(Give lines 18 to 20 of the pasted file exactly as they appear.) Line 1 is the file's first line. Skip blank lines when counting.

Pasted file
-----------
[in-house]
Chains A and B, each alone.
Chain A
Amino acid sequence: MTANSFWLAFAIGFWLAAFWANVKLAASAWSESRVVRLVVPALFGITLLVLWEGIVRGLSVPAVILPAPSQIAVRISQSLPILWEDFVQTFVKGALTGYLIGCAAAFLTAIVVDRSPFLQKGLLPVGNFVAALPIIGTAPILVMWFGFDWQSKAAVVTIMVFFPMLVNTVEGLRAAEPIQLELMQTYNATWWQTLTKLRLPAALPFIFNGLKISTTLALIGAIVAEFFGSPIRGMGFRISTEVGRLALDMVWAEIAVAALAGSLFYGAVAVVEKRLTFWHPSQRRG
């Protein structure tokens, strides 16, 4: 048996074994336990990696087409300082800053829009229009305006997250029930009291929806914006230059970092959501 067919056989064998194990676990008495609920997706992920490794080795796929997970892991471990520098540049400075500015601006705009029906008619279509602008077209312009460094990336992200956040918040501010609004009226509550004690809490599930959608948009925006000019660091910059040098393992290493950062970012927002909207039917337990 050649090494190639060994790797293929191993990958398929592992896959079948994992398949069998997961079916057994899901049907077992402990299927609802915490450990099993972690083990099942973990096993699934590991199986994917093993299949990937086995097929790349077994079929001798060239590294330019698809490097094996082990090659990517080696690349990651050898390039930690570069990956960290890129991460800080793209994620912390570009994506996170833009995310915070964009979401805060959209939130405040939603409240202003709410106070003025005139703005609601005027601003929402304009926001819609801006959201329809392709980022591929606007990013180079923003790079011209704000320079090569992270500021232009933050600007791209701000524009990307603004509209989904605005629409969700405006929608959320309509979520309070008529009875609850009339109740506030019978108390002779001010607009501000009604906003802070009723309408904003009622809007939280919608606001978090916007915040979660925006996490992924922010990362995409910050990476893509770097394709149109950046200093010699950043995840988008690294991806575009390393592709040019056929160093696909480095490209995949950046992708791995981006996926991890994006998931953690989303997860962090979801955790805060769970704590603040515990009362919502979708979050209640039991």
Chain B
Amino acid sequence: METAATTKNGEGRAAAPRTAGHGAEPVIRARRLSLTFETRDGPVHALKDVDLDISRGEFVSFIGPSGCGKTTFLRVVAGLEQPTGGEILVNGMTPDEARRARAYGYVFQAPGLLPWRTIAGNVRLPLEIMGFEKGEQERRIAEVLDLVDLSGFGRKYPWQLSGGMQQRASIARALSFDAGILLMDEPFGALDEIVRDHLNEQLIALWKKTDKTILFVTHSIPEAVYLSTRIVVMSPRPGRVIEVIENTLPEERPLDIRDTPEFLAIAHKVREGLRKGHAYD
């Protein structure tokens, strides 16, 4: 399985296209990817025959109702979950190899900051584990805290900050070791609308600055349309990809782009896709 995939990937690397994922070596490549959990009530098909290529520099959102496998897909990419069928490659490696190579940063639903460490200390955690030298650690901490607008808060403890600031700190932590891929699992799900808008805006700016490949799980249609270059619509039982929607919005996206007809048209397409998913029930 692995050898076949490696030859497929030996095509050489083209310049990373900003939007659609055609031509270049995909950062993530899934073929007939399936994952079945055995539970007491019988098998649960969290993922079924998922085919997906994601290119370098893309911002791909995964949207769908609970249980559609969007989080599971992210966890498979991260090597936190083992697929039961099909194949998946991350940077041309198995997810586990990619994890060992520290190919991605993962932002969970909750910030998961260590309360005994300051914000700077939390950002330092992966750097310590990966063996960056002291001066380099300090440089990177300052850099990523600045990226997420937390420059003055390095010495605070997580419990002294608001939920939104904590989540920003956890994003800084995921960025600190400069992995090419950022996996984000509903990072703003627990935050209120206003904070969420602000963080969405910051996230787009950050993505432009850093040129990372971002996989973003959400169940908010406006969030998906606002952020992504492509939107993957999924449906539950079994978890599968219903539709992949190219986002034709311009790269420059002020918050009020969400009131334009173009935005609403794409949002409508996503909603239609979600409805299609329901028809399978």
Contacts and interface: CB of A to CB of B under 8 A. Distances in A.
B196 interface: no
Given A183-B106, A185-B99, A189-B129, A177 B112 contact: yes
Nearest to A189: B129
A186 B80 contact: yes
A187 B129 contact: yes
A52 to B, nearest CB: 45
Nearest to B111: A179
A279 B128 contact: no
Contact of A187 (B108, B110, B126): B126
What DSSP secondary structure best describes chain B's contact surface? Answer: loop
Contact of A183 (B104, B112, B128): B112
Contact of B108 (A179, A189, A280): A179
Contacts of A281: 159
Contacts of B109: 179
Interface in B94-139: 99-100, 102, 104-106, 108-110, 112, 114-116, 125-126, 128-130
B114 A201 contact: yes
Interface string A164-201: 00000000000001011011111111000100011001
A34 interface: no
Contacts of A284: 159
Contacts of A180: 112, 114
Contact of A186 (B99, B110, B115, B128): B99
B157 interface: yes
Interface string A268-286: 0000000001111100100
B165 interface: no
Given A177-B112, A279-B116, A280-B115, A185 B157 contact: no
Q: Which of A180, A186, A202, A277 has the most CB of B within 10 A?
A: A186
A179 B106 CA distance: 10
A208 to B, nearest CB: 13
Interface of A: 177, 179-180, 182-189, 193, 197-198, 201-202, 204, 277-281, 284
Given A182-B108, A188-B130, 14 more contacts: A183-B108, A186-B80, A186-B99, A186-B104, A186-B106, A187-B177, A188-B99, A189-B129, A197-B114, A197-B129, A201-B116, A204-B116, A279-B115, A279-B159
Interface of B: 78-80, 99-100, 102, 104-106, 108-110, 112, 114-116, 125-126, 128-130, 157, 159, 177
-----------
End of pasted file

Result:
Contact of A187 (B108, B110, B126): B126
What DSSP secondary structure best describes chain B's contact surface? Answer: loop
Contact of A183 (B104, B112, B128): B112